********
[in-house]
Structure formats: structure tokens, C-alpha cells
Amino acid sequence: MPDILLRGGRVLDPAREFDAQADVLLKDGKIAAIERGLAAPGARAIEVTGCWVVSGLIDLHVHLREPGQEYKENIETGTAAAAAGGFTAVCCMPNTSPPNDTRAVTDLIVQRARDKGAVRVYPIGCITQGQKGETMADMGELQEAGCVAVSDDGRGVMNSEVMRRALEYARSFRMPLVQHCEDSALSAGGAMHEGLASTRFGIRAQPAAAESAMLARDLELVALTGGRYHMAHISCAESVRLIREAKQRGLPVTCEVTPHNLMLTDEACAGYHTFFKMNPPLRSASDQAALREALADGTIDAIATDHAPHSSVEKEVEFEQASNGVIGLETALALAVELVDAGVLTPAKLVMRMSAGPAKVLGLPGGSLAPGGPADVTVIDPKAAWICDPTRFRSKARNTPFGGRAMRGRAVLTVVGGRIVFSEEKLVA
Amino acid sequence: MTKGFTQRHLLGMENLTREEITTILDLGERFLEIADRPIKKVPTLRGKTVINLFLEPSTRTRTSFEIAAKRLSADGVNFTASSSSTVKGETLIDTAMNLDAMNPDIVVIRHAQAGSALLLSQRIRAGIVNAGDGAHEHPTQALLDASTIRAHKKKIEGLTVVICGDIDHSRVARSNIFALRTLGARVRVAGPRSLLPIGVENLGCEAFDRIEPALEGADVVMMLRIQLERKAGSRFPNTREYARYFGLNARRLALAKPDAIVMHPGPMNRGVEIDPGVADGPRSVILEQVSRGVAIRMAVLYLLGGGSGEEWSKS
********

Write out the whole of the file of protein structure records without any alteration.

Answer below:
[in-house]
Structure formats: structure tokens, C-alpha cells
Amino acid sequence: MPDILLRGGRVLDPAREFDAQADVLLKDGKIAAIERGLAAPGARAIEVTGCWVVSGLIDLHVHLREPGQEYKENIETGTAAAAAGGFTAVCCMPNTSPPNDTRAVTDLIVQRARDKGAVRVYPIGCITQGQKGETMADMGELQEAGCVAVSDDGRGVMNSEVMRRALEYARSFRMPLVQHCEDSALSAGGAMHEGLASTRFGIRAQPAAAESAMLARDLELVALTGGRYHMAHISCAESVRLIREAKQRGLPVTCEVTPHNLMLTDEACAGYHTFFKMNPPLRSASDQAALREALADGTIDAIATDHAPHSSVEKEVEFEQASNGVIGLETALALAVELVDAGVLTPAKLVMRMSAGPAKVLGLPGGSLAPGGPADVTVIDPKAAWICDPTRFRSKARNTPFGGRAMRGRAVLTVVGGRIVFSEEKLVA
Amino acid sequence: MTKGFTQRHLLGMENLTREEITTILDLGERFLEIADRPIKKVPTLRGKTVINLFLEPSTRTRTSFEIAAKRLSADGVNFTASSSSTVKGETLIDTAMNLDAMNPDIVVIRHAQAGSALLLSQRIRAGIVNAGDGAHEHPTQALLDASTIRAHKKKIEGLTVVICGDIDHSRVARSNIFALRTLGARVRVAGPRSLLPIGVENLGCEAFDRIEPALEGADVVMMLRIQLERKAGSRFPNTREYARYFGLNARRLALAKPDAIVMHPGPMNRGVEIDPGVADGPRSVILEQVSRGVAIRMAVLYLLGGGSGEEWSKS